During the lunch discussion, the students expressed frustration over the fact that many people have difficulties grasping the concept. “Could agroecology be seen as a lens?” Tittonell considerately interposed with his views on the questions discussed. The group agreed on the benefit of having prior knowledge of agronomy or another academic discipline before going into agroecology. Or, as Tittonell put it: “You need to understand the system to be able to criticise it.” Co-creation of knowledge, both scientific and experiential, is important in agroecology. As an illustration of the multidisciplinary nature of agroecology, the students around the table had previously studied arts, economics, ethnology, and biology, respectively. In addition, the programme has a strong international focus, and the nationalities represented among the students were Switzerland, the UK, Germany, and Sweden.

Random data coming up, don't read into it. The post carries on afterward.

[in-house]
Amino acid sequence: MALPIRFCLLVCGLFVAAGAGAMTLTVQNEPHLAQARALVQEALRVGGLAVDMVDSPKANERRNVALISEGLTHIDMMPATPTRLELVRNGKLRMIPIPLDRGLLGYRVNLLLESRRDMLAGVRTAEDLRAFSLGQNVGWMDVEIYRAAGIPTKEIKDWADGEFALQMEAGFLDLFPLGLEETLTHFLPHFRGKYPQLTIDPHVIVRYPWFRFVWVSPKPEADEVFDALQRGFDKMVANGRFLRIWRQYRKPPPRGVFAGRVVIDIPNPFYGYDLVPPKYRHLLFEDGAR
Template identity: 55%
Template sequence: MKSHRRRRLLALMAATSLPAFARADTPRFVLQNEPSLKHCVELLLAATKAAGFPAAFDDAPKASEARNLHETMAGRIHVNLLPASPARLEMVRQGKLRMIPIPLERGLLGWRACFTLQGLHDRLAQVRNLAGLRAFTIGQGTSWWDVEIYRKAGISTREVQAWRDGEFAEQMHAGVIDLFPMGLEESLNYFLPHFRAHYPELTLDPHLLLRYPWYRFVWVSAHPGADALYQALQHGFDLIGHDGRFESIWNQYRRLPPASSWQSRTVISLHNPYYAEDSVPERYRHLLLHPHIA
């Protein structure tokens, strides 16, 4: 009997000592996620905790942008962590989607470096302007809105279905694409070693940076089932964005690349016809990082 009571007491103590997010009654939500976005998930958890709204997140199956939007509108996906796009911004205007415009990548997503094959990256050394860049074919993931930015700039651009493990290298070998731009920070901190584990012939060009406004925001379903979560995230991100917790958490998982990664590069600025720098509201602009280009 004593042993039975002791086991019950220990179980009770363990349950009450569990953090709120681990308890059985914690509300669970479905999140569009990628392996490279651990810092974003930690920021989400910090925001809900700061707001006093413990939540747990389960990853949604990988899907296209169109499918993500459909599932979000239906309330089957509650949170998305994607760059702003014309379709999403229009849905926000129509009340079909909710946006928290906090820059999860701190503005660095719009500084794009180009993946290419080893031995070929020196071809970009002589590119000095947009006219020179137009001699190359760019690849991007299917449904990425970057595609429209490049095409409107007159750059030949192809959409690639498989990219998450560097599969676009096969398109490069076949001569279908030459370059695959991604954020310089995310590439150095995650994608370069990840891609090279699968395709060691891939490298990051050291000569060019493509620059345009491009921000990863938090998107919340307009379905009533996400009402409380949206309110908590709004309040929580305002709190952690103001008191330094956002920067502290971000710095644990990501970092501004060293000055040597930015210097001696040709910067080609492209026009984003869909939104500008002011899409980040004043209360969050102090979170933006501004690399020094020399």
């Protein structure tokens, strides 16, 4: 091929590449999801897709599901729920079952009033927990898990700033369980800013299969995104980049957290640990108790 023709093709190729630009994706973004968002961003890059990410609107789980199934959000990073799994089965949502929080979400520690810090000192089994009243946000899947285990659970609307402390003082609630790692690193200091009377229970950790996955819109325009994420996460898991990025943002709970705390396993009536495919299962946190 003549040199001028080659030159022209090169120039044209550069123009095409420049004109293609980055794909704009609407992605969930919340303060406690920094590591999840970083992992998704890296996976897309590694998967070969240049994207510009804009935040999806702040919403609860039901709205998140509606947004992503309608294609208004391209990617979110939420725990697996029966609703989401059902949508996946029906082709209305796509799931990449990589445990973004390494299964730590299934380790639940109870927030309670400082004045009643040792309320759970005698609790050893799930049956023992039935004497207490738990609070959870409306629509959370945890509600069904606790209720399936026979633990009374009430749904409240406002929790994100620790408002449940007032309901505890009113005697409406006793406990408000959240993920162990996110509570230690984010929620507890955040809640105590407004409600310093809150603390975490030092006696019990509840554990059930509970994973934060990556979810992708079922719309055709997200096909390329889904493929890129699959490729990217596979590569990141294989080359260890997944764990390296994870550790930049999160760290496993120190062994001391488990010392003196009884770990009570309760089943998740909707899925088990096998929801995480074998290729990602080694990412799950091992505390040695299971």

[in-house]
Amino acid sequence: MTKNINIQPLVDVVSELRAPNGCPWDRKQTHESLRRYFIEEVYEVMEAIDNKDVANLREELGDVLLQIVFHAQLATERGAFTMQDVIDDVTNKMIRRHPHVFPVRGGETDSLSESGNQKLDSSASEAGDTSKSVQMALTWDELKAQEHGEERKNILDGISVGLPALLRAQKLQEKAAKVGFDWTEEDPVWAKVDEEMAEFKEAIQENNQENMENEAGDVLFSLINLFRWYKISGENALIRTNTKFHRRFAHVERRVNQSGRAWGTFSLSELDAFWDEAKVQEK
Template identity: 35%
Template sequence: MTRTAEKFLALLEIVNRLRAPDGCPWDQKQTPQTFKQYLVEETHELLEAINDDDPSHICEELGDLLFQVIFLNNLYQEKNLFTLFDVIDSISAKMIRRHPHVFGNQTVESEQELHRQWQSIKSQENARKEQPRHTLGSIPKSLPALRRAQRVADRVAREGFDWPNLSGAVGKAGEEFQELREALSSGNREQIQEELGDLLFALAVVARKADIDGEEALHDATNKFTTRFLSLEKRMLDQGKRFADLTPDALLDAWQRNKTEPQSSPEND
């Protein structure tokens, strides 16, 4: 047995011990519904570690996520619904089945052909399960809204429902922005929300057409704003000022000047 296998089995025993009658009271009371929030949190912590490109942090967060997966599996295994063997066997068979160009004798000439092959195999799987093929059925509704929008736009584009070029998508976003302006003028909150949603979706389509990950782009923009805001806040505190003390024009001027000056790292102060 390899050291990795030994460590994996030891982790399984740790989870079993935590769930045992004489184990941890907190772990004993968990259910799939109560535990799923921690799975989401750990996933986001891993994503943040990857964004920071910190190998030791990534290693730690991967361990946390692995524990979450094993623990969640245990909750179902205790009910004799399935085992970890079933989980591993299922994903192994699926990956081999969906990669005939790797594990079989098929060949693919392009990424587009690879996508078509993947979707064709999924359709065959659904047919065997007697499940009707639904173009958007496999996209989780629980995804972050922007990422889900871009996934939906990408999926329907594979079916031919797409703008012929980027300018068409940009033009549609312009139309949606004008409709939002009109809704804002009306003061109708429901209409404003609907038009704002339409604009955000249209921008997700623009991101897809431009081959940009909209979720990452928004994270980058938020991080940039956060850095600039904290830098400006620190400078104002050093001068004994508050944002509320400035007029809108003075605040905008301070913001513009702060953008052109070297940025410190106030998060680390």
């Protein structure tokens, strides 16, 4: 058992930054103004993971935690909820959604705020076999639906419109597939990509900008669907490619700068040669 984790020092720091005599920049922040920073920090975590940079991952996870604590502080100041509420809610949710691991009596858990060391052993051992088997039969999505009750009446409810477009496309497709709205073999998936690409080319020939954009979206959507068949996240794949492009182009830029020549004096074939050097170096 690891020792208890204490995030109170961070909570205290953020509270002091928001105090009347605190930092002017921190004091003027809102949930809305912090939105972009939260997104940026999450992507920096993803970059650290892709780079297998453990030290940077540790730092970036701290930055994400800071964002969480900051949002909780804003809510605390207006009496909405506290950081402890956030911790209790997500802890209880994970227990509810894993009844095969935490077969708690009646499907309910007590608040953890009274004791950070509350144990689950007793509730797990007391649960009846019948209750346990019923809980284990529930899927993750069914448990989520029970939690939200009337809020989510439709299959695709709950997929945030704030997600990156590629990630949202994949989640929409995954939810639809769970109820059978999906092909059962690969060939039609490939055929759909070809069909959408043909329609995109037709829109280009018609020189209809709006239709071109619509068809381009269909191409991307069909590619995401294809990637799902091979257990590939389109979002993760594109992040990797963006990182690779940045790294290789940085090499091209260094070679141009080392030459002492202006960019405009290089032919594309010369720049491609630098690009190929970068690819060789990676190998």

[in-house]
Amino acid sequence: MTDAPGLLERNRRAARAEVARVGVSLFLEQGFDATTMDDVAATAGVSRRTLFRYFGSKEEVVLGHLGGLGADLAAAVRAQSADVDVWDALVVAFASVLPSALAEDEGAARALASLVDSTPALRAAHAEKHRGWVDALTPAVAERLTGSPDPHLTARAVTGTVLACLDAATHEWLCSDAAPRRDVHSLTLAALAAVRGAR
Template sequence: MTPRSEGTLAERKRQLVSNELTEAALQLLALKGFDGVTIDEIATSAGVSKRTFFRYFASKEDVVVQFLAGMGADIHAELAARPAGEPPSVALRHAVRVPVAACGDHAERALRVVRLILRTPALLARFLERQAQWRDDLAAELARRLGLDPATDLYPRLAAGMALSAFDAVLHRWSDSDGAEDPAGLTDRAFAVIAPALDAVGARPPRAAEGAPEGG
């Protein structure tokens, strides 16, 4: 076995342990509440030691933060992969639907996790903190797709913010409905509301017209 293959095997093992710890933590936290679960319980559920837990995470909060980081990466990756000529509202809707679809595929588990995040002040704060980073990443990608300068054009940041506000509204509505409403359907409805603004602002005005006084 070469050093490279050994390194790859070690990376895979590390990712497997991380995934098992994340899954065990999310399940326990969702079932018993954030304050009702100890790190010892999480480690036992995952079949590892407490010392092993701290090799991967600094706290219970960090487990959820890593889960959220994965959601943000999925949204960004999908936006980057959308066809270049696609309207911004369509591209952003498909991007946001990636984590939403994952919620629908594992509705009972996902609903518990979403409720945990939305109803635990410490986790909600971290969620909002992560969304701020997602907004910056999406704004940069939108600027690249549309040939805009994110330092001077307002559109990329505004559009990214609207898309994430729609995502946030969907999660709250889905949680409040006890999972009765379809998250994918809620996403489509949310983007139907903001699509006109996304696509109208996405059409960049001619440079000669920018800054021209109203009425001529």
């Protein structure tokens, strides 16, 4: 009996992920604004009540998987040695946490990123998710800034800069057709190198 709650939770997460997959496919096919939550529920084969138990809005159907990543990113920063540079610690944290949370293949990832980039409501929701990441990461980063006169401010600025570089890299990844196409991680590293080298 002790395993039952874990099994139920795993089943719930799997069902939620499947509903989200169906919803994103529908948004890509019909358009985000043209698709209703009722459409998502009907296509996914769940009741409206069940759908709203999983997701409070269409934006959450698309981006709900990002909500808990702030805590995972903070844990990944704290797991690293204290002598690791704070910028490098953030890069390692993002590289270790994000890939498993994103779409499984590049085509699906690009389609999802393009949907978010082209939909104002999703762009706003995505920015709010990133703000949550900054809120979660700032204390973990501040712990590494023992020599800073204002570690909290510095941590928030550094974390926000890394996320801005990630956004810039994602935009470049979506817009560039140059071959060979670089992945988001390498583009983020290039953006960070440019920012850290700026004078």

The agroecology master’s students Caroline and Lily discussing with Pablo Tittonell.
Photo: Marika Kronberg

From soil microbiology to entire landscapes

It was time to seat for the symposium on-site or in front of Zoom. The symposium featured an introduction by Aneth David; her presentation was that a framework is needed to guide farmers on how to approach practices for soil health maintenance and restoration. The dynamic Pablo Tittonell then took the stage. Apart from explaining the merits of agroecology, he also highlighted the importance of understanding complexity in agroecosystems, having a slide full of calculations containing Greek letters to illustrate this, making the audience laugh. Teun Dekker discussed his research on the push-pull technology for pest management.

Pablo Tittonell presenting at the Agroecology Day symposium.
Photo: Marika Kronberg

Alnarp’s Agroecology Farm as a case study